The Odyssey – translated by T.E. Lawrence

The Odyssey - Homer Ten years have passed since the Trojan War ended but Odysseus has still not returned home, having been held captive by the nymph Calypso, who has fallen in love with him. At home in Ithaca, his wife, Penelope, has found herself besieged by a large group of suitors who are hoping to persuade her to marry one of them. The suitors have taken over Odysseus’s palace and are helping themselves to his food and drink; his son, Telemachus, is desperate for them to leave but doesn’t have the courage to throw them out.

The Odyssey tells the story of Odysseus and his journey home to Ithaca – a journey involving encounters with the one-eyed Cyclops, the witch Circe, the sea monster Scylla, and the tempting music of the Sirens. But it’s also the story of Telemachus and his quest to find out what has happened to his father; of Penelope, faithfully waiting for her husband to return; and of the Greek gods and goddesses who try to help or hinder Odysseus on his travels.

I’m so happy to have finally read The Odyssey as it was one of the least appealing books on my Classics Club list, not necessarily because I was intimidated by it (well, maybe a little bit) but because I’m just not very interested in mythology. I can’t really explain why I’m not a fan; I did enjoy reading Greek myths as a child, but since then my reading has taken me in other directions. I know that probably puts me in a minority as most people seem to love mythology and have a lot more knowledge of the subject than I do!

I’ve started to read The Odyssey before but didn’t finish it so this is the first time I’ve actually read it from beginning to end. I did already know most of the story, partly from school and partly because this is the sort of story that I think many people will have at least some familiarity with even if they’ve never read it in its entirety. There were some things I wasn’t aware of, though – for example, I was surprised by how little time is actually devoted to Odysseus’s journey. This section of the epic, in which Odysseus describes his adventures and the monsters and mythical beings he outwits, is by far the most well-known section, but it actually only takes up four of the twenty-four books that make up The Odyssey. The rest of the time is spent on the suitors, Telemachus and Penelope, and what Odysseus does after he eventually returns to Ithaca.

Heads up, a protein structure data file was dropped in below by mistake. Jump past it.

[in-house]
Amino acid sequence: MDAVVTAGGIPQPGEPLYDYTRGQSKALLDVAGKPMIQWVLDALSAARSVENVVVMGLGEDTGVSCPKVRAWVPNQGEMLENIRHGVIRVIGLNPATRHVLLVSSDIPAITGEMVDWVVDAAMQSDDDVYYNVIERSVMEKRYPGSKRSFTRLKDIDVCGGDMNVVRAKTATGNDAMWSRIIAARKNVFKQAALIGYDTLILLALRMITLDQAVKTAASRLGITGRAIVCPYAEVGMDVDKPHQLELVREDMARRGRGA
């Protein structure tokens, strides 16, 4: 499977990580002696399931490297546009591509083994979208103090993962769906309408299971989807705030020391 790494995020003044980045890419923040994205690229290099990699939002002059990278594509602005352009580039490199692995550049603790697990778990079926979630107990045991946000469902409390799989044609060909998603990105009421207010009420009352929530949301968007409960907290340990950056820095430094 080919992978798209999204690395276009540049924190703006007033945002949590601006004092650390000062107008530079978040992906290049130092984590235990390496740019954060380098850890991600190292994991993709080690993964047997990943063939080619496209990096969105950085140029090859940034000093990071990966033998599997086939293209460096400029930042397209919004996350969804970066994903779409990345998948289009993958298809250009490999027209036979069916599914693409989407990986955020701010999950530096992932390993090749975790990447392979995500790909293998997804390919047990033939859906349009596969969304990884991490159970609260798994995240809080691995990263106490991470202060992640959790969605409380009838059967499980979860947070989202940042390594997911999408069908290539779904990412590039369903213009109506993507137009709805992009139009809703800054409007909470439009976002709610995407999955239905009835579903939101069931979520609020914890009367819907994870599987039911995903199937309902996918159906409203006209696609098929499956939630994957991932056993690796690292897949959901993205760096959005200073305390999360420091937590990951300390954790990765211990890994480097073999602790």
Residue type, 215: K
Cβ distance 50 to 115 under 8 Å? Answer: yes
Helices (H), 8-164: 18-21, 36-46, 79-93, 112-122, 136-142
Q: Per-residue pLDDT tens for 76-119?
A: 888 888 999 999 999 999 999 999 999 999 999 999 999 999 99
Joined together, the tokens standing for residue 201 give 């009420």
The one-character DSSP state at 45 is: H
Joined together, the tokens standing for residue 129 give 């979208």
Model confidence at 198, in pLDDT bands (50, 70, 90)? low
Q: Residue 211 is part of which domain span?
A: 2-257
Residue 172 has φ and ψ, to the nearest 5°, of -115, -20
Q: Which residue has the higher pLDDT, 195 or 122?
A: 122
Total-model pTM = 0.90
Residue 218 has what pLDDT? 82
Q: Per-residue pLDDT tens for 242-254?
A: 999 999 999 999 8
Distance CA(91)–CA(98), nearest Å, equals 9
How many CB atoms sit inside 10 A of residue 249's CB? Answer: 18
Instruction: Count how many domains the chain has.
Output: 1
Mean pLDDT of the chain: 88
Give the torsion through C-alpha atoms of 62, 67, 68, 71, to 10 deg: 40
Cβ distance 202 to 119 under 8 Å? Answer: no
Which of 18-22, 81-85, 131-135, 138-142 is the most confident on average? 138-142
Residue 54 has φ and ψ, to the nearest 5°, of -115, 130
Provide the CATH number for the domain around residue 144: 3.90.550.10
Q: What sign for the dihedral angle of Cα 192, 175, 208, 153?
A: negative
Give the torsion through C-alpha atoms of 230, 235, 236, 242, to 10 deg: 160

There are lots of different themes and ideas contained in The Odyssey – storytelling, disguise and deception, temptation, and the relationship between mortals and gods are a few that I noted and I’m sure there are others that I missed. There is also a lot of focus on hospitality. It seemed a weary traveller would be made welcome wherever they went, offered food, a bath and a bed for the night.

There are many different editions and translations of The Odyssey, some in verse and some in prose, but the book I read was the Wordsworth Classics edition pictured above from 1992 with a 1932 prose translation by T.E. Lawrence (better known as Lawrence of Arabia). There was no special reason why I decided to read this version, other than that I happened to have it on my shelf (I can’t remember where I got it from). I’m not sure if you can even still buy this particular translation in this edition anymore. However, this turned out to be a perfect translation for me. I know I’ve probably missed out on a lot of the beauty of The Odyssey by reading a prose version, but I don’t get on very well with narrative poems – apart from The Epic of Gilgamesh which I loved in verse form – so reading it in prose was probably a much better choice for me personally.

I have no idea how technically accurate Lawrence’s translation might be, but all I was really hoping for was something enjoyable and reasonably easy to read, and that’s what I got. I was surprised by how exciting and readable it actually was; I wonder if the fact that Lawrence himself had such an eventful life was an influence here in helping him to convey the drama of Odysseus’s adventures in such a compelling way.

I’m sorry about the lack of insight and analysis in this post. It doesn’t seem right to just ‘review’ an epic like The Odyssey as I would any other book, but that’s what I’ve had to do as I really don’t feel that there’s much I can add to everything that’s already been said about it over the centuries. It’s actually been a lot harder to write about The Odyssey than it was to read it!

Have you read The Odyssey? If I read it again, is there a translation you would recommend?